A petition to the Economic and Financial Crimes Commission to investigate two bullion vans allegedly stashed with cash driving into the residence of the National Leader of the All Progressives Congress, Asiwaju Bola Tinubu, at Burdillion, Ikoyi, Lagos, on the eve of the February 2019 presidential election, is currently “lying fallow” at the office of the anti-graft agency, a reliable source in the commission has told SaharaReporters.
The source, who disclosed that the petition is “just hanging somewhere”, added that there is no effort or desire by the leadership of the commission to consider the petition for its merit or lack of it at the moment.
Rights activist, Deji Adeyanju, had filed a formal petition demanding an investigation into the bullion vans in Tinubu’s house following claims by the commission that it could not act without a formal petition over the issue.
Adeyanju’s petition dated October 25, 2019, was addressed to the Acting Chairman of the anti-graft agency, Ibrahim Magu.
In the petition, he had reminded the commission of Section 7 (1) (b) of the EFCC Establishment Act, 2004, which empowered it to investigate properties of any person whose lifestyle and extent of the properties are not justified by his source of income.
Adeyanju urged the anti-graft agency to accord the petition priority and begin an investigation into the appearance of those bullion vans in Tinubu’s house on the eve of the election.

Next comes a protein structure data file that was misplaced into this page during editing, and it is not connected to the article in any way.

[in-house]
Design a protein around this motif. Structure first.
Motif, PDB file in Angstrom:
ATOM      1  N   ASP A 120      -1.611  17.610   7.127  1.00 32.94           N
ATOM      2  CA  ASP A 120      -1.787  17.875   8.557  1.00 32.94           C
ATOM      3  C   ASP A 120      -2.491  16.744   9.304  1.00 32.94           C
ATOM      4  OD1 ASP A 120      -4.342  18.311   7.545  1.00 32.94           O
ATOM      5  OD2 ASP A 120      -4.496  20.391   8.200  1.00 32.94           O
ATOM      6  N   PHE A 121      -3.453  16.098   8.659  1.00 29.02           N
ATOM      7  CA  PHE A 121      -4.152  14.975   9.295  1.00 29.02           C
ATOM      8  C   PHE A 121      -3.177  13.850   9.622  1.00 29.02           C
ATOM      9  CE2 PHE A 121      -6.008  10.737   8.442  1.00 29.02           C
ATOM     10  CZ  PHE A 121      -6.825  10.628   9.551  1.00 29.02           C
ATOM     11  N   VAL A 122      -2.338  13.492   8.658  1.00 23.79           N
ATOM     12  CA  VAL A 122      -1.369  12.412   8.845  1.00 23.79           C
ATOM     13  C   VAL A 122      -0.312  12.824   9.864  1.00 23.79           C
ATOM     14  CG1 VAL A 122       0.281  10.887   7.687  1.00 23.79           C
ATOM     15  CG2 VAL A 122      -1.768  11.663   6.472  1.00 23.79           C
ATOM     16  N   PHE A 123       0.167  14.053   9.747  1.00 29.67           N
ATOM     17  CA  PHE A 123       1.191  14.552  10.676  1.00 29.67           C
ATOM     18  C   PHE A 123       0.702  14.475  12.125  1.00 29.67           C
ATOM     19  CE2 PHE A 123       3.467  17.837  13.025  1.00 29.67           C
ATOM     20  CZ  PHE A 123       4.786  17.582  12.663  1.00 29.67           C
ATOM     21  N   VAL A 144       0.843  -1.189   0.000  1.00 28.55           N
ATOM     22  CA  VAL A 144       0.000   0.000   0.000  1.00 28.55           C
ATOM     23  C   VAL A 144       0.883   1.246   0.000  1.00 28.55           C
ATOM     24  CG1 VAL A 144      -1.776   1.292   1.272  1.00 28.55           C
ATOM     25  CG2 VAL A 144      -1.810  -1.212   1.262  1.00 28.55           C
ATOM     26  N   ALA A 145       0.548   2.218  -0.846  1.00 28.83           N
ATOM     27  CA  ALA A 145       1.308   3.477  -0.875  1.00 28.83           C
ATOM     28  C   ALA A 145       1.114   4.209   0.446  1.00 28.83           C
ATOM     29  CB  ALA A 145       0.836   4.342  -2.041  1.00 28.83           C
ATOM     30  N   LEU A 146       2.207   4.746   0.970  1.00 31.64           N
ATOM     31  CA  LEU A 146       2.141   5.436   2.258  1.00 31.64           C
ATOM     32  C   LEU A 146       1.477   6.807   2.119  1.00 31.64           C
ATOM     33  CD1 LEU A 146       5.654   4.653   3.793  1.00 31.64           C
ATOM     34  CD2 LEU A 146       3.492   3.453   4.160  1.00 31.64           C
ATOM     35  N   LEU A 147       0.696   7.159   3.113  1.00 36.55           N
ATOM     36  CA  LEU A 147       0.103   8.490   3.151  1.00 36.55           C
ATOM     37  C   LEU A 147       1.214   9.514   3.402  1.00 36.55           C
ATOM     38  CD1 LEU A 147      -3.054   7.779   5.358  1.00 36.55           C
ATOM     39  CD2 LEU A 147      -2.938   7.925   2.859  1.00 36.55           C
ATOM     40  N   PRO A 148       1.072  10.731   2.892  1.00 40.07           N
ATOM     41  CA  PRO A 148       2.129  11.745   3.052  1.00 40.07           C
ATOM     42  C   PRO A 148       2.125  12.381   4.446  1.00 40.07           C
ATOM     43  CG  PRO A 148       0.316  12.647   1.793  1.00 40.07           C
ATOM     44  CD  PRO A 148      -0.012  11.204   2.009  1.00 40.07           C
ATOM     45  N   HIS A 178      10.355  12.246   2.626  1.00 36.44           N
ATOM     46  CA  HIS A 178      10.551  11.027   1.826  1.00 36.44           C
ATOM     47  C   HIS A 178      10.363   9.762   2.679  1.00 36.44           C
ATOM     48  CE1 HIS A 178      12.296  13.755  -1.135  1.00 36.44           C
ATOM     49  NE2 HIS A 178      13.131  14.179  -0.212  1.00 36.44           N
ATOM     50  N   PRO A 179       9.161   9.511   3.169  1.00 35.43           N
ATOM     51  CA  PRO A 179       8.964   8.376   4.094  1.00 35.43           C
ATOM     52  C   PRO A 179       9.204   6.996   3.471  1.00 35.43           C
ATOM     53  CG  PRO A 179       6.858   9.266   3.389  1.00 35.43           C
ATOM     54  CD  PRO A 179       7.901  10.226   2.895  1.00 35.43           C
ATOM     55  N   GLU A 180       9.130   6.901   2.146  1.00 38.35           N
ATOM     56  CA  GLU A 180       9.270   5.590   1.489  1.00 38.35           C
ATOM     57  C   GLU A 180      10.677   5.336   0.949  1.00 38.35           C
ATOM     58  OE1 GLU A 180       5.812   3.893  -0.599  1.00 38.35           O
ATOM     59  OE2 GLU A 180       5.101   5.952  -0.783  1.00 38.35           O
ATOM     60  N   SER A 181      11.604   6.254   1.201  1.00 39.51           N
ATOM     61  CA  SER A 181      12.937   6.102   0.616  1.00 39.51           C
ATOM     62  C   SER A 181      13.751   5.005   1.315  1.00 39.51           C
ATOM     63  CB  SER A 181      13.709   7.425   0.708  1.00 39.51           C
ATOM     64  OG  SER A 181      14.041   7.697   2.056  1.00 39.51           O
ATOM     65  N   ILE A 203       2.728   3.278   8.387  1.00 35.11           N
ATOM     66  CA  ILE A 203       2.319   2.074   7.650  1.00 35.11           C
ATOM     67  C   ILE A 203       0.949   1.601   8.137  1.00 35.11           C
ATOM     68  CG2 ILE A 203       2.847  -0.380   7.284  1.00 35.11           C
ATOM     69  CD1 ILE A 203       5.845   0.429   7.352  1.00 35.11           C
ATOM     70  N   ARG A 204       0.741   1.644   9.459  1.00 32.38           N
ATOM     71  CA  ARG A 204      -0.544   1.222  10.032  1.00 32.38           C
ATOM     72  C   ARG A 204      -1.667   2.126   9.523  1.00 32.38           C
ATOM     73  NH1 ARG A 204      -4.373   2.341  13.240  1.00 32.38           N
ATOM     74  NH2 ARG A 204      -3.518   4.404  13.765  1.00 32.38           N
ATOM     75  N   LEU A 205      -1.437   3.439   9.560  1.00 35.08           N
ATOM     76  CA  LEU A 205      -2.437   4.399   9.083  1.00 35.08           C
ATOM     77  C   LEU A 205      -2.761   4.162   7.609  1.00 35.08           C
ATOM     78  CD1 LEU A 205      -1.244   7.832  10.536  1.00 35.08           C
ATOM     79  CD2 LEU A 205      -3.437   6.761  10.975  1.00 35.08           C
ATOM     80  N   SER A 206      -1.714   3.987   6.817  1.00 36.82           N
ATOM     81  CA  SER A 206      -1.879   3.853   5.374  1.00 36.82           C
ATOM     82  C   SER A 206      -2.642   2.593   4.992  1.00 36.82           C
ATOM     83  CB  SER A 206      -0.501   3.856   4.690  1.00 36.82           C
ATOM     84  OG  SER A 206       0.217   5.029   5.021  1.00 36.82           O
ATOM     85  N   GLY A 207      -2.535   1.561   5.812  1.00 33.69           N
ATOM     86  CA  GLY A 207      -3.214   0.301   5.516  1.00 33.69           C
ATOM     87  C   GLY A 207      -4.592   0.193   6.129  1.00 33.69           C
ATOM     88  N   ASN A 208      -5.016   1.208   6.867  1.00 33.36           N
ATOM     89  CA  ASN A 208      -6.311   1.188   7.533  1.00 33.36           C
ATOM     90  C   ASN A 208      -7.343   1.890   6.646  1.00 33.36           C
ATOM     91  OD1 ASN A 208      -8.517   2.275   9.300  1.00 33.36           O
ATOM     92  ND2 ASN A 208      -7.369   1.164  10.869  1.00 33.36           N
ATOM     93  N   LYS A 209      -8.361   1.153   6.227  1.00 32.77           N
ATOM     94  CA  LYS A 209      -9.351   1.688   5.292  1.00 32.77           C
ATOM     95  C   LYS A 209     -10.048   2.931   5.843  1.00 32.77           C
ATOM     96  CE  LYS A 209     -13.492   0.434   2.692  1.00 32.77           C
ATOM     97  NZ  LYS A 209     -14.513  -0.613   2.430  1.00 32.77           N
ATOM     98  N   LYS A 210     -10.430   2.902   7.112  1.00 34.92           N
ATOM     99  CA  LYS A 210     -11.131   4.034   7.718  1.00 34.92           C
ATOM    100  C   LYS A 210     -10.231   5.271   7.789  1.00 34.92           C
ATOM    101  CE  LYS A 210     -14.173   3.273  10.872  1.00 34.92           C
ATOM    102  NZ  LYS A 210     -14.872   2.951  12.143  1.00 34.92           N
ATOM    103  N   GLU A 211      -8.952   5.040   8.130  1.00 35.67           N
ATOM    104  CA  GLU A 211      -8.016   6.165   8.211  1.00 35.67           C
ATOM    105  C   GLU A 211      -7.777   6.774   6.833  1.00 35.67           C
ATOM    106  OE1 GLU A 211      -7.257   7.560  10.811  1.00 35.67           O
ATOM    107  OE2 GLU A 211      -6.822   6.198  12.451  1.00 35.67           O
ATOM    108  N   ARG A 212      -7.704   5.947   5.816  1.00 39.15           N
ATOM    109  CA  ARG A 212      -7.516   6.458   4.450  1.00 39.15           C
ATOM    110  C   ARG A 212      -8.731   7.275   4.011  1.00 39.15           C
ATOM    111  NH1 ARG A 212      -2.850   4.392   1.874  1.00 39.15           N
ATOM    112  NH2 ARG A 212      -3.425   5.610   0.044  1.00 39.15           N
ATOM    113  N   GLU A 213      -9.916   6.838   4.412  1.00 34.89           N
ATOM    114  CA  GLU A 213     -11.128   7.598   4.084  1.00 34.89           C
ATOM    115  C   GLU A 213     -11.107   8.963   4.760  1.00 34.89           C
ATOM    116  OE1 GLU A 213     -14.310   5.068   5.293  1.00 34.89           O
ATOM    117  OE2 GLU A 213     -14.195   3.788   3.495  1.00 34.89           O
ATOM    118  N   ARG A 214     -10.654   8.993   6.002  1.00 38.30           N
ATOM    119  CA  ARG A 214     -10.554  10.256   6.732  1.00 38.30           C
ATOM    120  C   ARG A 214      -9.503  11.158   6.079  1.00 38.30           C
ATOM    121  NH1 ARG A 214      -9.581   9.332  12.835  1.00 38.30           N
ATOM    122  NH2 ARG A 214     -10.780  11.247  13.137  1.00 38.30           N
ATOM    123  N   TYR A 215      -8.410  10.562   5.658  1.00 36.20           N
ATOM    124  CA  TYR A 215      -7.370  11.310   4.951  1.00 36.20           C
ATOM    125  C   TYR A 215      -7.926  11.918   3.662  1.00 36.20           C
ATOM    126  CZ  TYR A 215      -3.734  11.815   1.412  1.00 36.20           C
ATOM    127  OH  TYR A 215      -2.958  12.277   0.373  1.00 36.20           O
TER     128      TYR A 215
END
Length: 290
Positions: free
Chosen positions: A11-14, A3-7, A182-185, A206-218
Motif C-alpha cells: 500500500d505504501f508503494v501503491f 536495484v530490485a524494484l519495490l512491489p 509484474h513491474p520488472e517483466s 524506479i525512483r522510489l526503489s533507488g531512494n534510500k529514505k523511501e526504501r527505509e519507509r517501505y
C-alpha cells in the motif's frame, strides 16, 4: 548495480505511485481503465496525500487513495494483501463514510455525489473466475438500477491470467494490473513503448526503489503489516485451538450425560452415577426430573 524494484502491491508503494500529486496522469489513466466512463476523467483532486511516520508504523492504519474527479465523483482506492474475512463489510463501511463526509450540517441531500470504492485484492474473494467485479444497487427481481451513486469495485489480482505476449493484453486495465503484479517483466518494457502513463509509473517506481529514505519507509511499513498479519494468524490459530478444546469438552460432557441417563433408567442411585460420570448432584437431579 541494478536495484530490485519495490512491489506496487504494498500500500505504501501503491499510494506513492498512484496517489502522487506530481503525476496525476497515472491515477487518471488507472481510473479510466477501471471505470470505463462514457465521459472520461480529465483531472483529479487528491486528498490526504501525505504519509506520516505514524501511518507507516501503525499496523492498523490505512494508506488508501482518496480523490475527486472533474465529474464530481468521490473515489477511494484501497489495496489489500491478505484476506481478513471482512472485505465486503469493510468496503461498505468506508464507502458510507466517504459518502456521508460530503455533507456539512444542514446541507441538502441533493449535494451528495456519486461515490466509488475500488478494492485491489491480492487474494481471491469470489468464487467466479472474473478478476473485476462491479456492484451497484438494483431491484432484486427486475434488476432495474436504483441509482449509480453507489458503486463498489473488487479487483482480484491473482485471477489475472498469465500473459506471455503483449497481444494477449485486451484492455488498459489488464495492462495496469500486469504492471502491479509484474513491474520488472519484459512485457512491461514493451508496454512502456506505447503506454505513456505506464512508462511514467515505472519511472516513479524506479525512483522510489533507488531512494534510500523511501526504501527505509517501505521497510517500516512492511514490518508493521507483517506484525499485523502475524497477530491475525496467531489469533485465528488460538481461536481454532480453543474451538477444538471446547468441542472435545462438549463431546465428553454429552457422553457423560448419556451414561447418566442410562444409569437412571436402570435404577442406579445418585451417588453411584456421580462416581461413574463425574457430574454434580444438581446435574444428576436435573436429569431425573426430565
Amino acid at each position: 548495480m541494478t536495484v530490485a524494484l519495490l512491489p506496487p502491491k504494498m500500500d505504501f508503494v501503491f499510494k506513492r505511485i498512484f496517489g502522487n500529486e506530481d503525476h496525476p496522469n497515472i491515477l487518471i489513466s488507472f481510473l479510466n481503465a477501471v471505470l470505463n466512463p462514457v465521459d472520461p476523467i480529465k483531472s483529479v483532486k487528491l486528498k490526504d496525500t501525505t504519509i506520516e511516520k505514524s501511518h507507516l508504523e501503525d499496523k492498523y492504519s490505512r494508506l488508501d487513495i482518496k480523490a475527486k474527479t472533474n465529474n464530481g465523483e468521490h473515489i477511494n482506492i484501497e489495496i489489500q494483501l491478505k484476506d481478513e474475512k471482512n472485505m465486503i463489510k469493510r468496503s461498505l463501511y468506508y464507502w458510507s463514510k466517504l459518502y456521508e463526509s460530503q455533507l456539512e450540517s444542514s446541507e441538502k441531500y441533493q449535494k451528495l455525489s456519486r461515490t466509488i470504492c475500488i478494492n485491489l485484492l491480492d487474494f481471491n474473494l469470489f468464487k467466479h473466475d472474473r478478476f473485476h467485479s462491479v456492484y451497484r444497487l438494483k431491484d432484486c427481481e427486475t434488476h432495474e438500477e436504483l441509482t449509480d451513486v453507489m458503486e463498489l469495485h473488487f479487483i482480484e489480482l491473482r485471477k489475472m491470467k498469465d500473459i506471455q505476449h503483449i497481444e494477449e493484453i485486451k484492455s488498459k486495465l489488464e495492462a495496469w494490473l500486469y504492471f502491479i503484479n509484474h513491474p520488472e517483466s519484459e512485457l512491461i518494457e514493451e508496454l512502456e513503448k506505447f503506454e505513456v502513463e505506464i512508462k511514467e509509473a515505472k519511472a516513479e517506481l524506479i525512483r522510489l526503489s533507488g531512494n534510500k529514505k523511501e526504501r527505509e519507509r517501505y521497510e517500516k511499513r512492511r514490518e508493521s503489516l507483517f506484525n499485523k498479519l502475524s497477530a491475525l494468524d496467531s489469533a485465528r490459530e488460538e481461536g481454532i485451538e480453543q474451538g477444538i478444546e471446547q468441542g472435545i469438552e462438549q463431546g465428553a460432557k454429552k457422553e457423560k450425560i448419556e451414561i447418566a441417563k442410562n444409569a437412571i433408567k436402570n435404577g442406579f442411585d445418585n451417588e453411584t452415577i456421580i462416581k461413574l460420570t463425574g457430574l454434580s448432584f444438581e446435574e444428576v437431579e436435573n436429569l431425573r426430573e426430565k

But five days after the petition was received by the EFCC, SaharaReporters has now learnt that the commission has no interest in pursuing the investigation.
The source said, “There is a petition but it is just somewhere lying fallow. Maybe tomorrow it will be picked up but right now, there is nothing on it.”
Tinubu had moments after the bullion vans were seen entering his house told journalists that he can spend his wealth as he pleases, adding that he could dole out cash if he wanted to so long as it was not for vote inducement.
The All Progressives Congress had also dismissed the petition, demanding evidence to prove that the money was meant to induce voters.
The APC said, “Let them come up with the proof. The man is a private citizen and he has been out of government for the past 12 years.
“If he has decided to spend his money on his party, how is that a problem? Let them come up with a proof that somebody’s money is missing.”
The Money Laundering (Prohibition) Act (2003) law of Nigeria does not quite agree with the argument of the APC, however.
Section 1 (a) of the act clearly states that a private citizen can only have a maximum N5m at hand.
Following its failure to enforce this law against the high and mighty in the society, many Nigerians have accused the EFCC of selective prosecution.